Monday 24 October 2011

Values Systems are the Strange Attractor in all Living Entities. What does this mean?

A strange attractor creates a certain form of order within any complex non-linear system be it the weather, a bushfire, society, an organisation, a team or an individual person. For living entities, their values-system is their strange attractor.

Why use the term strange-attractor instead of simply referring to values as attractors? The terminology comes from the study of complex systems which exhibit "order within chaos". Researchers discovered that certain entities behaved in strange ways yet their behaviours were obviously being influenced by a strong attraction to something. Attractors which led to entities behaving in strange and not entirely predictable ways became known as strange attractors. Attractors which lead to predictable behaviours were termed ordinary-attractors. Gravity is an example of an ordinary attractor. With ordinary attractors such as gravity, one can mathematically compute exactly what will happen in the future. For example, if a person drops a ball from one metre height, it can be calculated precisely when that ball will land.

If understanding a strange attractor cannot be used for predictions, what use is it? While they are no use in predicting the specific behaviour of any entity, they do enable us to ask what-if questions. For example, understanding the strange attractor that governs the behaviour of bushfires is of no value to on-ground fire fighting, however, it does enable us to answer such questions as: What if there is a sudden wind change? Would a fire-break along a particular ridge be adequate? Would off-season burning reduce the risk to people's property in the dry season? In other words, when an entity's behaviour (motion, actions, path, etc.) is governed by a strange attractor, one cannot predict specifically what will happen in the future, however, one can predict the general form or nature of what will unfold.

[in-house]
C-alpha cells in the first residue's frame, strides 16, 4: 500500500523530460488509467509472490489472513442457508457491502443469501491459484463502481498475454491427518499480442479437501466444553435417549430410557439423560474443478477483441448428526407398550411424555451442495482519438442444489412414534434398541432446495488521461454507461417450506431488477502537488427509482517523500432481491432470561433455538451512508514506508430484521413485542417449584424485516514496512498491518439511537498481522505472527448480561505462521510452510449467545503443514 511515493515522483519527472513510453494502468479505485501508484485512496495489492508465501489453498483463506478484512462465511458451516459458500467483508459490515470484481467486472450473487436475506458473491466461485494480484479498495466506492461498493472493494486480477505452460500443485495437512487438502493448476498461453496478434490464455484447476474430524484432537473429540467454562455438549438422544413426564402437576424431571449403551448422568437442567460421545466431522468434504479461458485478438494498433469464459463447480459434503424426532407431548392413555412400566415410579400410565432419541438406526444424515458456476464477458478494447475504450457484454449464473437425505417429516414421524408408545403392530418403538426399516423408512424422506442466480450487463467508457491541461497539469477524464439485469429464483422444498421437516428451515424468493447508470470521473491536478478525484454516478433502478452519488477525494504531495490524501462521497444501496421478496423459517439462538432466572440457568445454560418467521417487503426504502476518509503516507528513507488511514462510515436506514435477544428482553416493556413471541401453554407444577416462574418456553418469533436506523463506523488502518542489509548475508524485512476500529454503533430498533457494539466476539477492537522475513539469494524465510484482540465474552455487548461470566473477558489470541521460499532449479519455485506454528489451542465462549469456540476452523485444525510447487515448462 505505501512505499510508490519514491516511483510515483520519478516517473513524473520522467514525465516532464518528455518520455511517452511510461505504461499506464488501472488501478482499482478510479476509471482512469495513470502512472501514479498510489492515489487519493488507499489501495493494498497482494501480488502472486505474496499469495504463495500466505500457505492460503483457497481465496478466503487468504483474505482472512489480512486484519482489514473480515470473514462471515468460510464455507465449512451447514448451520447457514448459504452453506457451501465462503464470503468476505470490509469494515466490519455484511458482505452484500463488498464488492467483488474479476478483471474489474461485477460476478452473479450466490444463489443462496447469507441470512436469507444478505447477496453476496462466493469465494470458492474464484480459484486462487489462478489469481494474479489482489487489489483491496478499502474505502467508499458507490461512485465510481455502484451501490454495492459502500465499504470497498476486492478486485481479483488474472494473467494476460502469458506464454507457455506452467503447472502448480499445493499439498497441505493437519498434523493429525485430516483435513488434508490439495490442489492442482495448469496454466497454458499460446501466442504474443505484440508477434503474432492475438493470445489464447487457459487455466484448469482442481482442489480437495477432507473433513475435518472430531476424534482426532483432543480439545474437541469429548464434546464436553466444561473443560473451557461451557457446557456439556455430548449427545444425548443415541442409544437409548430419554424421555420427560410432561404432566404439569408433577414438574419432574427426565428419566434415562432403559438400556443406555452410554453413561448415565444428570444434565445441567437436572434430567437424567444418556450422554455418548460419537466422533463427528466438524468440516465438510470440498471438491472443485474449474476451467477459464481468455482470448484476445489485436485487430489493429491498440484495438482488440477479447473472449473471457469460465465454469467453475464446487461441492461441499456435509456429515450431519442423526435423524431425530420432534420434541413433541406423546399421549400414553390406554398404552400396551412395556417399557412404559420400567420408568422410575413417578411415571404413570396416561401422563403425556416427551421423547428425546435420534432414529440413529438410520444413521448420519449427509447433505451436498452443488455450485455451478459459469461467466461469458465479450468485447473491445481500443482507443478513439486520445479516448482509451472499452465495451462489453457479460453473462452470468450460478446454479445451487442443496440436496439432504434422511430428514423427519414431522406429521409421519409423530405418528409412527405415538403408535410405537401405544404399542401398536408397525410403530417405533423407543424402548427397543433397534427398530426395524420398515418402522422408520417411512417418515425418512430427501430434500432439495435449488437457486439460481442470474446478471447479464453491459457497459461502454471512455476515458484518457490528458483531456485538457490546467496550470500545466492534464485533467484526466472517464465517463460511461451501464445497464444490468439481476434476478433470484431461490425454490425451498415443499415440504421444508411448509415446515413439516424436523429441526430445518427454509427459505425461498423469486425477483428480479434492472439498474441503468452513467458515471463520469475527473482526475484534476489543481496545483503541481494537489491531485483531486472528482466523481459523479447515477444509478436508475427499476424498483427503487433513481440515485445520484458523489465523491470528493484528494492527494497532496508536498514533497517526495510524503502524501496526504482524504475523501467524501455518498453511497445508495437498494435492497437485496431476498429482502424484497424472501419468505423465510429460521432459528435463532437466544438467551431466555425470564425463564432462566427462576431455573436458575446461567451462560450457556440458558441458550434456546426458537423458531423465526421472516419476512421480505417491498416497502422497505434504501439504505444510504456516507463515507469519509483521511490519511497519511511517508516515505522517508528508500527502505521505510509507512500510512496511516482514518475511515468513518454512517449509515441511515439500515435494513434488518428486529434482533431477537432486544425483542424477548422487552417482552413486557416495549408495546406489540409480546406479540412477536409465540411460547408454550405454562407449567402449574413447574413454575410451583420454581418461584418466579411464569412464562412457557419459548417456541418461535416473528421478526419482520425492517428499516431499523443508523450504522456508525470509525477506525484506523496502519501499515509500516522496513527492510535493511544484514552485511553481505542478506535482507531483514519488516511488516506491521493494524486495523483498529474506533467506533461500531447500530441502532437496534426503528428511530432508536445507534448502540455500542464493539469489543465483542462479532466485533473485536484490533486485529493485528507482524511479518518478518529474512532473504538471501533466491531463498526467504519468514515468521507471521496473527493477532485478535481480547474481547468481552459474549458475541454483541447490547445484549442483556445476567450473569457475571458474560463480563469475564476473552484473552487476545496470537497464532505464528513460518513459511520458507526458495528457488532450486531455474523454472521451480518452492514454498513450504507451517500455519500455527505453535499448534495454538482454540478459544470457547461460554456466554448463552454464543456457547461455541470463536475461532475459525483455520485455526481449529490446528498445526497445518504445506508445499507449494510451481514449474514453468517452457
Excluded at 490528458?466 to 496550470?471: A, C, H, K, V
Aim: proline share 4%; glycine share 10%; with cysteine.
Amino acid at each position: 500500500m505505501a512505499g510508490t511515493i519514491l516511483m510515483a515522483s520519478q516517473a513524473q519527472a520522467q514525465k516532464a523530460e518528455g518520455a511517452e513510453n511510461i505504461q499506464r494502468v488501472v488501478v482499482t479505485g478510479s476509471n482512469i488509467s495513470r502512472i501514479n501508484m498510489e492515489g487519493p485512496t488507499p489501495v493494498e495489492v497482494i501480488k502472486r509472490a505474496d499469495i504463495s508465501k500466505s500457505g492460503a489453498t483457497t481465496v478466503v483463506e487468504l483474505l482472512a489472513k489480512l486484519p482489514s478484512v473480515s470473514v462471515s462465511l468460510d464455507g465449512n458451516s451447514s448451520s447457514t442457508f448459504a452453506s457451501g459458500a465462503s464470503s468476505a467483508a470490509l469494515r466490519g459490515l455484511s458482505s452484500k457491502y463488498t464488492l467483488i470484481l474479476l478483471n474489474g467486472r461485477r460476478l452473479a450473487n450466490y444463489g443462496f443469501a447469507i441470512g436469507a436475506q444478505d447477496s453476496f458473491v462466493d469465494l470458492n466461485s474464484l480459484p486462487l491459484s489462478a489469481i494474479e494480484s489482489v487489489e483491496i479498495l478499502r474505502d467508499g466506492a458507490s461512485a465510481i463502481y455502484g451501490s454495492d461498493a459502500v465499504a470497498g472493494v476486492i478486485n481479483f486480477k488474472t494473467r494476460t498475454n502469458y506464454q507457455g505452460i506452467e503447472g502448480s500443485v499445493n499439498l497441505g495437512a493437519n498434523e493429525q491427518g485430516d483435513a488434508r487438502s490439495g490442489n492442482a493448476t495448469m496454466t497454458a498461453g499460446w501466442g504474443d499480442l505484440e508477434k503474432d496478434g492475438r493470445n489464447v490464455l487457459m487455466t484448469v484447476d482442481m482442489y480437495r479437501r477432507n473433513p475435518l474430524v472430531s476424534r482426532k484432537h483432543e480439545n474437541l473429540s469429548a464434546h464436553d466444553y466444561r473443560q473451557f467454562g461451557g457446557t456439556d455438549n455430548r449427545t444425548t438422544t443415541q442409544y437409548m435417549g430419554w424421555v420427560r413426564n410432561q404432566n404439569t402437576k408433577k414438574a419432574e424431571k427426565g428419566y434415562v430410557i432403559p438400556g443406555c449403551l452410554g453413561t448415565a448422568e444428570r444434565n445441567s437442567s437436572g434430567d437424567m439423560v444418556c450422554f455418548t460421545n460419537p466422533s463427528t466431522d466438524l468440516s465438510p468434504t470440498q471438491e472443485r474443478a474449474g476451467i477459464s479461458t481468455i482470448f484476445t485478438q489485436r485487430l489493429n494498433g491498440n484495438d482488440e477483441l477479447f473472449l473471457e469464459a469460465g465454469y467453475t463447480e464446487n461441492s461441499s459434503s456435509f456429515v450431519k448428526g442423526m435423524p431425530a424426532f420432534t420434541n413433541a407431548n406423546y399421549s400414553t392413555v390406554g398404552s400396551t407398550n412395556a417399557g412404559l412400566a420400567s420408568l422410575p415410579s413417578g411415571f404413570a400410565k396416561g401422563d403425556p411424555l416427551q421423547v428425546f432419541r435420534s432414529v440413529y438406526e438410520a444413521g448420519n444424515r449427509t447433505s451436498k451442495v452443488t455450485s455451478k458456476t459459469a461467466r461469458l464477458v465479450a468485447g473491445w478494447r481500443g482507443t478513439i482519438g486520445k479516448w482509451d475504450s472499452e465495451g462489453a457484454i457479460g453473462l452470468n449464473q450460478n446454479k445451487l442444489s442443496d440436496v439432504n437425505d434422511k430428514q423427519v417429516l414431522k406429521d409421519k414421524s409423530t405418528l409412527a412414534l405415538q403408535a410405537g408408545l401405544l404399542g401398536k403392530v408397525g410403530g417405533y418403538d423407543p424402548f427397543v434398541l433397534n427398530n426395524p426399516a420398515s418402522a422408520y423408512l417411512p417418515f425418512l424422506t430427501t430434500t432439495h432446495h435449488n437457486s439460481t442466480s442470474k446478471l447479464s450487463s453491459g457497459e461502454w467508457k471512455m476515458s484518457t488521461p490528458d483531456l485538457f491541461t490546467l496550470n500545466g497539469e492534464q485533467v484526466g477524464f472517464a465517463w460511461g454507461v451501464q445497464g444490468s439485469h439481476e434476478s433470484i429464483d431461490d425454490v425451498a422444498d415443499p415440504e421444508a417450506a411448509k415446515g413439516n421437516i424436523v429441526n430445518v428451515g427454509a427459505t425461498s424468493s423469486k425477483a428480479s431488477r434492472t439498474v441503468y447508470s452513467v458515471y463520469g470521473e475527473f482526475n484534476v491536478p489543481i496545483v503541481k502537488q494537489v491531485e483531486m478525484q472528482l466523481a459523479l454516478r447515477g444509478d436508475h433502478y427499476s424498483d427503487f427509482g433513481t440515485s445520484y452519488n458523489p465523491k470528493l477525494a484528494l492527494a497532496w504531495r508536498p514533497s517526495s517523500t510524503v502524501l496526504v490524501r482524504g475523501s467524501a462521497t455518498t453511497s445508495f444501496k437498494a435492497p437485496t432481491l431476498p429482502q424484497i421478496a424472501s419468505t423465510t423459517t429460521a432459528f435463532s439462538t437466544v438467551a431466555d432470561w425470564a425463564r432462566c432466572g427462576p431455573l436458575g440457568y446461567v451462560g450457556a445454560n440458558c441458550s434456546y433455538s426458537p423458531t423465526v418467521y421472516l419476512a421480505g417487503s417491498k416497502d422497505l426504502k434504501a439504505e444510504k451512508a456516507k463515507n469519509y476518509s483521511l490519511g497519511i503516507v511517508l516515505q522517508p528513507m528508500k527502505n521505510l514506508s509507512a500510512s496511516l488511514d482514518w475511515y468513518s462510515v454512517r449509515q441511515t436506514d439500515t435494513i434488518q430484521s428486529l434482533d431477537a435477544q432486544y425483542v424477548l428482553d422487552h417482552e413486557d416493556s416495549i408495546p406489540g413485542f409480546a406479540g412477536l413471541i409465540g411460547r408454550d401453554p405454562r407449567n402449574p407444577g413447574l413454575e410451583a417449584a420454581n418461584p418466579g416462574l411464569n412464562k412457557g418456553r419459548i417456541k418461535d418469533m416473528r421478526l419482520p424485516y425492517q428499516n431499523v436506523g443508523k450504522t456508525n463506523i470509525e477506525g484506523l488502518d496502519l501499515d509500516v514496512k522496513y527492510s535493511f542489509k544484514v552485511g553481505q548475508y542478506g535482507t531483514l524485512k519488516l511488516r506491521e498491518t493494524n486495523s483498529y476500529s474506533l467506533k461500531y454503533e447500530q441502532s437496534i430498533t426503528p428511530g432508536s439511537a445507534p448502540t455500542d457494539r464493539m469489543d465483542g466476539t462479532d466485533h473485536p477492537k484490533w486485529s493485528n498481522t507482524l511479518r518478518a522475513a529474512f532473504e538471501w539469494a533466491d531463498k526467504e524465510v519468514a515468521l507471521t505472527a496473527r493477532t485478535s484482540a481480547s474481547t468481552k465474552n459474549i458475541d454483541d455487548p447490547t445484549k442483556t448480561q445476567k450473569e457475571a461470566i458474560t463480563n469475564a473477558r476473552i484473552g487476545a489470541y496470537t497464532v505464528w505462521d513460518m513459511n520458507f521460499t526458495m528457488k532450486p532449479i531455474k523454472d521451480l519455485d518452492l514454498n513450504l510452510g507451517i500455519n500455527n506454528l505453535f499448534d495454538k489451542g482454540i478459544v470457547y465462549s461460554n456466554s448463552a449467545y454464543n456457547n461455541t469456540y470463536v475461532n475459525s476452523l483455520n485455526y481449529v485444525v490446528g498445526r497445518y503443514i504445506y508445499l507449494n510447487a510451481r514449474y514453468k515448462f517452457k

Having an understanding of a person's values-system (strange attractor), enables us to understand/predict the general nature/pattern of their behaviours. For example, a person with priority values of achievement, competition, work, financial success, etc. will be attracted by these values to behave in a completely different way to someone who has priority values of expressiveness/freedom, play, intimacy, search/meaning, service, equity/rights. Clearly in both these examples you cannot know what each person will do moment to moment, however, you will know with a fair degree of certainty the general nature of what they will and won't be doing as their life unfolds. For each person, the values-system (in it's role as a strange attractor) gives order to their life--it creates their identity/personality. So too it is with teams, organisations, etc.--their values-system (strange attractor) creates their culture.

An general nature of a person's values-system can be explored through categorising values into Control, Relational & Developmental Values. As described in your Top 10 Values list:
  • Control Values are associated with organising the world around you so as to get things done.
  • Relational Values are associated with relating to others so as to function effectively in relationships, teams, organisations, society and ecosystems.
  • Developmental Values are associated with creating that which has not existed before. They are values of change, evolution and transformation.
In a team or organisation, the dynamics of their values-system (strange attractor) creates their culture. in the case of an individual you can think of the created 'culture' as the person's identity/personality:

NOTE: To find out which are your CRD Priority Values, you can take an inventory of your own values at At completion, select SMO as the report code.

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